CMin= {0.0912, 0.0655, 0.1056, 0.0990, 0.0838, 1.5000, 1.0962} = C121= 0.0655

The ecological compatibility degrees, with and without the area effect, for all regions and industries producing carbon dioxide during the period December 2005, have been compared in Fig. 2.

Figure 2. Ecological compatibility degrees, with and without the area effect, for all regions and industries producing carbon dioxide during the period December 2005.

4. Conclusions

In December 2005, in those parts of the world where the amount of carbon dioxide was greater than the maximum allowable limit, i.e., Gk,critical/Gk,j was greater than 1, emission of even a small quantity of addition carbon dioxide would be dangerous. However, it is practically impossible to stop the production of steel and aluminium because many industries depend on these products for their operation. In addition, for different members, value of Gk,critical/Gk,j is different in different regions. This means in a region with lower production of carbon dioxide, conditions for the production of these metals is more favourable. Therefore, it is necessary to determine the industry, and the related region, with the least ecological compatibility in the production of carbon dioxide. In other words, it must be determined that which industry, in which region, has more difficulties in changing its manufacturing conditions for attaining higher ecological compatibility degree in the production of carbon dioxide.

In December 2005, in the set of ecological compatibility, Ci,j,k, member C241, namely the aluminium industry in a country in the American continent, producing carbon dioxide, without taking into account the region coefficient, has an ecological compatibility degree of 0.0559, has the most critical condition in producing air pollutant carbon dioxide. If the region coefficient is taken into consideration, steel industry in a country in the Far East, namely member C121, in the same period of year, with an ecological compatibility degree of 0.0655, has the most critical conditions in producing air pollutant, carbon dioxide.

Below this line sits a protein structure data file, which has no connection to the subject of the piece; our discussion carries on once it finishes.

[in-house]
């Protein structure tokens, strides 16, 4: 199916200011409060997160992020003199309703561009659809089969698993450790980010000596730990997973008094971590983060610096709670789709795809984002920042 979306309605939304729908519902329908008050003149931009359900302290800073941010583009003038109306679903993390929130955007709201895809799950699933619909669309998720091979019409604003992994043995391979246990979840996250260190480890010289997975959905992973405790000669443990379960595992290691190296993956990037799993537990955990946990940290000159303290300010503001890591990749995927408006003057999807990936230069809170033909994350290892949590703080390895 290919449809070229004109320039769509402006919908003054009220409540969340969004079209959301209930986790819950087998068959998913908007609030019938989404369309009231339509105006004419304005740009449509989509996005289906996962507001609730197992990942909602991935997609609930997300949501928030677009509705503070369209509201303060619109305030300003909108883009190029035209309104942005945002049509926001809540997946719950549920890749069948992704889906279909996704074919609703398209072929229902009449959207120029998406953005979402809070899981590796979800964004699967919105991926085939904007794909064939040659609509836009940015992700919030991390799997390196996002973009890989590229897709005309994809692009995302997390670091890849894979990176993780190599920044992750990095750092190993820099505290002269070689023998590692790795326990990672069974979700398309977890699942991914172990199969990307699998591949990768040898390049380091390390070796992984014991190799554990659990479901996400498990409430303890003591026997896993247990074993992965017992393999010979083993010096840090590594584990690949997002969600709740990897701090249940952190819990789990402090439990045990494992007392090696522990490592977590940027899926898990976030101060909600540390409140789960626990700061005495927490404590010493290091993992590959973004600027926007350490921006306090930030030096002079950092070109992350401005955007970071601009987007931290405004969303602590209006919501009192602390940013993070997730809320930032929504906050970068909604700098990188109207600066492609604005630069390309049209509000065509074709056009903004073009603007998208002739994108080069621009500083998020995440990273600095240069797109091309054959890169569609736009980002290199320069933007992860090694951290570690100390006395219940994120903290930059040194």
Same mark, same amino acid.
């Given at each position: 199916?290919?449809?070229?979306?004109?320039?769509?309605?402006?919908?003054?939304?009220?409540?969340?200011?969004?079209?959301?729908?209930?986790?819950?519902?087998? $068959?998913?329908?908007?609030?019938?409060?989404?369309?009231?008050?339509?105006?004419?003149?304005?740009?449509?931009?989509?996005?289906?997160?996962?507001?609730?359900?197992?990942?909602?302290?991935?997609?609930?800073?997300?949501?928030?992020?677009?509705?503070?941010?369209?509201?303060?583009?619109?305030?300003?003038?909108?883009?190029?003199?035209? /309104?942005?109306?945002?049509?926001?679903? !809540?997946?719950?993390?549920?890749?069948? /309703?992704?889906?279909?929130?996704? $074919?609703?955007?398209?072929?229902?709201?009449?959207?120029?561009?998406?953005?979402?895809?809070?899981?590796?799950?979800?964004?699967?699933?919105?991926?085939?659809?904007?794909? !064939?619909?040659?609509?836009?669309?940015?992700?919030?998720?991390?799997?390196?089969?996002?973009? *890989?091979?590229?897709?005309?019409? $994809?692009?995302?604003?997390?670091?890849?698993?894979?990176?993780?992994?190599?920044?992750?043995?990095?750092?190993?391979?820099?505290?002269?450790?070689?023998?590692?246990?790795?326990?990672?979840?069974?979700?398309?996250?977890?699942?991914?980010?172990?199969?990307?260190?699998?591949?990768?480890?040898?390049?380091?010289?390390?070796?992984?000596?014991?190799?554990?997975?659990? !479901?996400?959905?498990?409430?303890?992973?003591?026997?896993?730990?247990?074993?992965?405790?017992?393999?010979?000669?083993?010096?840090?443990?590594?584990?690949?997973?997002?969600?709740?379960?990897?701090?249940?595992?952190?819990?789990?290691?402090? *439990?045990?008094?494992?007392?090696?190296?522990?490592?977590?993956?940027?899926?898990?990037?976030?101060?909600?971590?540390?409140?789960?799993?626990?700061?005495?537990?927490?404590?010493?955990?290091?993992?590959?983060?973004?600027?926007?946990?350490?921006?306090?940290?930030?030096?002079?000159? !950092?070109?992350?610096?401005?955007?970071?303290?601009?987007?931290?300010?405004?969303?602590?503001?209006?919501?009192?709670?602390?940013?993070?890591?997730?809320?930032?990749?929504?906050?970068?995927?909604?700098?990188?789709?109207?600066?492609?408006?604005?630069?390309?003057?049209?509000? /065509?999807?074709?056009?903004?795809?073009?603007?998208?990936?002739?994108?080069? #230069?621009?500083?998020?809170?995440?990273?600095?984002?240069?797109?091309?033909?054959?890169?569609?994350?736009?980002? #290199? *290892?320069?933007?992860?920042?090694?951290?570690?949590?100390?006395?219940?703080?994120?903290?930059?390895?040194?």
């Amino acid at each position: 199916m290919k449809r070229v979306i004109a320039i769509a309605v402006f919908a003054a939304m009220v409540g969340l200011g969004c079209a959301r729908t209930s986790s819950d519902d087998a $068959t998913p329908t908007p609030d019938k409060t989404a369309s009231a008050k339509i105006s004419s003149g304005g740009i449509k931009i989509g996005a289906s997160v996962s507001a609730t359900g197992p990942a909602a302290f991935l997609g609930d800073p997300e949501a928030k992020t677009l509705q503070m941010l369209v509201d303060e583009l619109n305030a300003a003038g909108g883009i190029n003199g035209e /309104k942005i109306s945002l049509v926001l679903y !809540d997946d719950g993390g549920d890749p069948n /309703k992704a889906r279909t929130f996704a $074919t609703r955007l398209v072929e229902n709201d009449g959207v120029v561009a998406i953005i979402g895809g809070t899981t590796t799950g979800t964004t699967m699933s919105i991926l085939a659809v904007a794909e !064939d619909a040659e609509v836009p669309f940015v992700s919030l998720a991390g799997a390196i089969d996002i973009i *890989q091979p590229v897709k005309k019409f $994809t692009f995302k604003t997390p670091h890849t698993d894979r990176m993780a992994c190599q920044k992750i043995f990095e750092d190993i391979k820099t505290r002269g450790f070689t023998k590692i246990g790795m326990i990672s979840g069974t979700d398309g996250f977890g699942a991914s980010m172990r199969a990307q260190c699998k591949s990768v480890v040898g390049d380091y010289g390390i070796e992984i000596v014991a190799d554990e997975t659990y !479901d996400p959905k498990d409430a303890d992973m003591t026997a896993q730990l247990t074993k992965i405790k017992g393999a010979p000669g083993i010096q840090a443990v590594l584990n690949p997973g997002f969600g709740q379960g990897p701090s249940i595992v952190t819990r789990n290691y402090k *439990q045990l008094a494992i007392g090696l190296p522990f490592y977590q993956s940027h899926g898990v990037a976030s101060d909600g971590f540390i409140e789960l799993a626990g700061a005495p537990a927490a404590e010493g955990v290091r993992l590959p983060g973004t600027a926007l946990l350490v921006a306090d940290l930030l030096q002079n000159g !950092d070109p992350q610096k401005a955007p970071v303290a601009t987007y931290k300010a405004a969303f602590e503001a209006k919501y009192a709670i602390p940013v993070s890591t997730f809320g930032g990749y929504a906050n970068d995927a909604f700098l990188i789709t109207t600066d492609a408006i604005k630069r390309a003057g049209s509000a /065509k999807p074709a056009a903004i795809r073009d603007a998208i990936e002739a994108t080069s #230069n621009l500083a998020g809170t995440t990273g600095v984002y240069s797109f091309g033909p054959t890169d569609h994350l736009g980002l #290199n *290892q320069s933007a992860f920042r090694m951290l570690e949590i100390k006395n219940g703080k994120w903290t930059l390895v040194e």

Therefore, more focus should be put on controlling carbon dioxide emissions in the steel industry in the Far East country. Control methods could include more training for the manpower, the use of new and rehabilitated units, innovation in cleaner technologies, ecological cleanup (such as tree planting); the use of alternative materials to reduce consumption of steel and steel products. By taking into account the region coefficient, and considering the parameters studied, the ecological compatibility degree in other industries in ascending order can be put as the followings:

&bull Aluminium industry in a country in American continent, C241, with the ecological compatibility degree of 0.0838, is in the second priority for investigation.

&bull Iron and steel industry in a country in the Middle East, C111, with the ecological compatibility degree of 0.0912, is in the third priority for investigation.

&bull Aluminium Industry in a country in Europe, C231, with the ecological compatibility degree of 0.0990, is in the fourth priority for investigation.

&bull Iron and steel industry in a country in Europe, C131, with the ecological compatibility degree of 0.1056, is in the fifth priority for investigation.

&bull Lead industry in a country in American continent, C441, with the ecological compatibility degree of 1.0962, is in the sixth priority for investigation.

&bull Zinc industry in a country in American continent, C341, with the ecological compatibility degree of 1.5000, is in the seventh priority for investigation.

Suggestions

1)  In this study, for the sake of simplification, only a limited number of industries, regions, and pollutants has been studied. On increasing the number of members of the various sets namely sets of pollutants, industries and regions at different times, a larger range of parameters can be monitored, which will add to the accuracy of the results.

2)  Although in this study the proposed model has been used to monitor the pollutants resulting from the operation of metal production industry, the same model can be applied for other industries and pollutants in any other region in the world.